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Blinded by Science: Culturing Yeast!

2

June 24, 2016 by fhsteinbart


yeast in the bottle

Here we see a typical sediment deposit in a bottle conditioned beer.

When I first started home brewing, I usually and customarily used dry yeast as it was convenient, easy, and cheaper than the glass vials of liquid yeast that were around back then. While I tried those vials on occasion, they were rather hit or miss as the quality left something to be desired in the fermentation department. So when I got a bottle of beer with yeast in the bottom, I was intrigued with the idea of culturing it up. So I got a couple of tablespoons of DME, and made a 6 oz. wort to which I added a pinch of yeast nutrient and dumped it into a recently opened bottle of beer. Then I flamed the orifice of the bottle and then pushed in a stopper with airlock (they were cork and glass back in those days), and left it in my parents’ kitchen for a few days. After about a week, I was rewarded with about a quarter of a cup of fresh yeast to which I added it to a half gallon of wort in a gallon jug and got my starter for the next batch I was going to brew.

 

So for you to make up a beer bottle starter, all you really need is a bottle of beer with yeast sediment, some DME, a small funnel, a butane lighter or gas stove, a #2 stopper with an airlock hole, and an airlock. Additionally, you need to make sure that the yeast in the bottle is from primary fermentation as not all breweries use the same yeast for refermentation in the bottle as they do for their primary fermentation!

yeast culturing

Here are the steps to building up your bottle culture to pitching size for a 5 gallon batch of beer.

Second thing that you need to do is test for viability. Live yeast will take up methylene blue, while dead yeast will not, so the number of blue cells will give you an idea of how many cells are actually alive and well. You can get a reasonably priced student microscope for under $100 these days, and disposable hemocytometers  and cover slips can be had for less than a buck apiece. Finally, you need to grow up an active culture of yeast that’s adequate to do the job ~ about a ½ cup will do for a standard gravity ale. Live yeast in the bottle can be very rewarding, or entirely frustrating, depending on whether or not you have the actual yeast from the primary fermentation. So go out and explore the unexplored country of the yeast beer o’ scape!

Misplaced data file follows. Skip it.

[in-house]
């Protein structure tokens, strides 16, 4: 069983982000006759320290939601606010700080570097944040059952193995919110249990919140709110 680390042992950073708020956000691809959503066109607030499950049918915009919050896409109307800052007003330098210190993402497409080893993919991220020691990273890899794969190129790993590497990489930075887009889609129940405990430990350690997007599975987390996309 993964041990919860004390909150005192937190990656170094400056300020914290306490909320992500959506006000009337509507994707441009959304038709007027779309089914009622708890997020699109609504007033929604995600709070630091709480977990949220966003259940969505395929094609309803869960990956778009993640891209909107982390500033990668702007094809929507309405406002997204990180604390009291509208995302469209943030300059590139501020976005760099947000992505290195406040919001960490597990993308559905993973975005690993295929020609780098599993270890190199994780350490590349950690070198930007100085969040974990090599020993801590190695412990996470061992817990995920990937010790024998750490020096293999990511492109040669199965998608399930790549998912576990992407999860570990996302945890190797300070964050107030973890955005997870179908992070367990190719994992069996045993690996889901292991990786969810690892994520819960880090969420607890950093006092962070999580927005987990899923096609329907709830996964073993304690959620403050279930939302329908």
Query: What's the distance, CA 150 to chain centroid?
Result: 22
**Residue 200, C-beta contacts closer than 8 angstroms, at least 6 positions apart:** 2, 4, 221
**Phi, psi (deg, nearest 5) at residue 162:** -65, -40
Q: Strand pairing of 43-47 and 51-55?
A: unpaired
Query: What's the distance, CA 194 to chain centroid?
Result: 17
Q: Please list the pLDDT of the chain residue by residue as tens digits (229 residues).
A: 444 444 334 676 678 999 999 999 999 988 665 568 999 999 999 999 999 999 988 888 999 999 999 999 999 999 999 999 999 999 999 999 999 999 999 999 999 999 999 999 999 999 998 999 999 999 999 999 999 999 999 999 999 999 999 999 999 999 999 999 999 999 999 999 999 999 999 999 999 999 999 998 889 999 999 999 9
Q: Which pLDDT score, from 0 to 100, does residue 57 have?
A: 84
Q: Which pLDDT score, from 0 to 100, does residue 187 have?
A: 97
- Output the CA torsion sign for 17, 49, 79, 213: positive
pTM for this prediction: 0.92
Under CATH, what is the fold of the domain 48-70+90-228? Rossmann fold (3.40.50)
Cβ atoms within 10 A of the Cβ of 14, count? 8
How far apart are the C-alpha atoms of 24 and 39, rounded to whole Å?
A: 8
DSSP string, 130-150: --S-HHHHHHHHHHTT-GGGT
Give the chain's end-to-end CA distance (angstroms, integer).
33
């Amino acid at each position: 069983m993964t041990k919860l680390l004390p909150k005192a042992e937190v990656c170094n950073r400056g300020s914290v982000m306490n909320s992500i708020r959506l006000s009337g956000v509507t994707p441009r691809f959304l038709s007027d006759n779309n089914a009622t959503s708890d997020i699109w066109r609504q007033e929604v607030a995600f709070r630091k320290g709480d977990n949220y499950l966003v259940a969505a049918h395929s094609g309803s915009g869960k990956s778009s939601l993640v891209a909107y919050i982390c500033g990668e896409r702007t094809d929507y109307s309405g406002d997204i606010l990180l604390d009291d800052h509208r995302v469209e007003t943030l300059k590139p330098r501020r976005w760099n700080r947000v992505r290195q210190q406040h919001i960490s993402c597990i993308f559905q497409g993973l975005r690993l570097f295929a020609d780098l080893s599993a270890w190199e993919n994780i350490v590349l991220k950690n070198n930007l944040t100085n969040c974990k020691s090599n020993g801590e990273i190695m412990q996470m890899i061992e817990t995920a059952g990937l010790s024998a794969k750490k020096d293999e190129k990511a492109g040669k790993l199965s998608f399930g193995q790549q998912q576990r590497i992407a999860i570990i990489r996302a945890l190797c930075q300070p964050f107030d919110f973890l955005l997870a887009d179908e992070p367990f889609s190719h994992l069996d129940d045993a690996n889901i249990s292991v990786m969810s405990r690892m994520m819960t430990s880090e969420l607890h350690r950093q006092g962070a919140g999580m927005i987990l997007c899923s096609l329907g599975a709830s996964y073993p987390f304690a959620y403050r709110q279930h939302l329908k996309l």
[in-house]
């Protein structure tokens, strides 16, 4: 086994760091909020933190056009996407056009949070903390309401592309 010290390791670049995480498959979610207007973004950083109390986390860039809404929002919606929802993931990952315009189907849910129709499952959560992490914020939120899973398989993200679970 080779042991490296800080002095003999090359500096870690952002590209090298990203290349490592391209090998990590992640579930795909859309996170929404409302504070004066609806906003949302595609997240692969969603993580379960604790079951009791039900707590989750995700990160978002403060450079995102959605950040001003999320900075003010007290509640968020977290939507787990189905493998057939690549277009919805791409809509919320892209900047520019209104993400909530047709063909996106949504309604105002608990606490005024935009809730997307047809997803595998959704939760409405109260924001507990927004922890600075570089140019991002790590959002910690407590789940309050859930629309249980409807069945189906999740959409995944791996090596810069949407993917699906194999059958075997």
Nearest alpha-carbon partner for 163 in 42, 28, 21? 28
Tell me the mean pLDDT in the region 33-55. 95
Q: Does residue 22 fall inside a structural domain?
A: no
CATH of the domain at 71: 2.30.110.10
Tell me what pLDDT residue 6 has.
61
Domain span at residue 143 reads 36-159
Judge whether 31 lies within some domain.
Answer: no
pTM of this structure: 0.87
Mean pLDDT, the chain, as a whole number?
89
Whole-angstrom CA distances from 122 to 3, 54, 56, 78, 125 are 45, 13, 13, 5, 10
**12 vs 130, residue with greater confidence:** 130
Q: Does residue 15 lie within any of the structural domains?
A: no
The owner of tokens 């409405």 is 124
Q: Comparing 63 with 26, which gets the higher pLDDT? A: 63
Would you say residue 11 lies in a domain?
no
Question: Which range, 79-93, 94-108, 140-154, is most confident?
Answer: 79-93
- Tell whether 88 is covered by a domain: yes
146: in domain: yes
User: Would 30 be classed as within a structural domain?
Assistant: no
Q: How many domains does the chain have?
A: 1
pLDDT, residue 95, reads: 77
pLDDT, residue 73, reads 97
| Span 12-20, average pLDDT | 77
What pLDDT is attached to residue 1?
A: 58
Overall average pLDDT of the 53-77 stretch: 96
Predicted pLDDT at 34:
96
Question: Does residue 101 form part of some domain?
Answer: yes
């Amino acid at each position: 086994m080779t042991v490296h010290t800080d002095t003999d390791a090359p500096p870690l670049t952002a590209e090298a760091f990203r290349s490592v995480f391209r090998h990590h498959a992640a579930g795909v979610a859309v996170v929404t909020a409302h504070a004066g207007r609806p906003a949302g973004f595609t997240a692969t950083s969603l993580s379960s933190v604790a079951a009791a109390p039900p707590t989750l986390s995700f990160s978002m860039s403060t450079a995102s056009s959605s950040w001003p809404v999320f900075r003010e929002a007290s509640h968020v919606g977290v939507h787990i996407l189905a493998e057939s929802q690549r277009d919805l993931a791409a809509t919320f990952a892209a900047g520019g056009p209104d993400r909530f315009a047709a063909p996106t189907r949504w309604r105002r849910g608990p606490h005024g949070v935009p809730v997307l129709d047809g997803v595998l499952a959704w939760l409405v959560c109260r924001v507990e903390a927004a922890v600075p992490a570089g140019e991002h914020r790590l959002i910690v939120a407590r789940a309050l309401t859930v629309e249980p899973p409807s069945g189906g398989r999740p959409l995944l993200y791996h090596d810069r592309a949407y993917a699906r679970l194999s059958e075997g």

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2 thoughts on “Blinded by Science: Culturing Yeast!

  1. A C says:

    The site you link to for discussing stains states that only dead cells will be stained by either Trypan-Blue or Erythrosine B. While you state above that only live yeast cells will be stained.

    Like

    • fhsteinbart says:

      I don’t see that on my end of things, it says “Second thing that you need to do is test for viability. Live yeast will take up methylene blue, while dead yeast will not, so the number of blue cells will give you an idea of how many cells are actually alive and well.” So I’m confused as to what you are seeing. Maybe you read a proof in work and wasn’t actually ready for publication as I do a lot of post editing.

      Cheers!

      Michel

      Like

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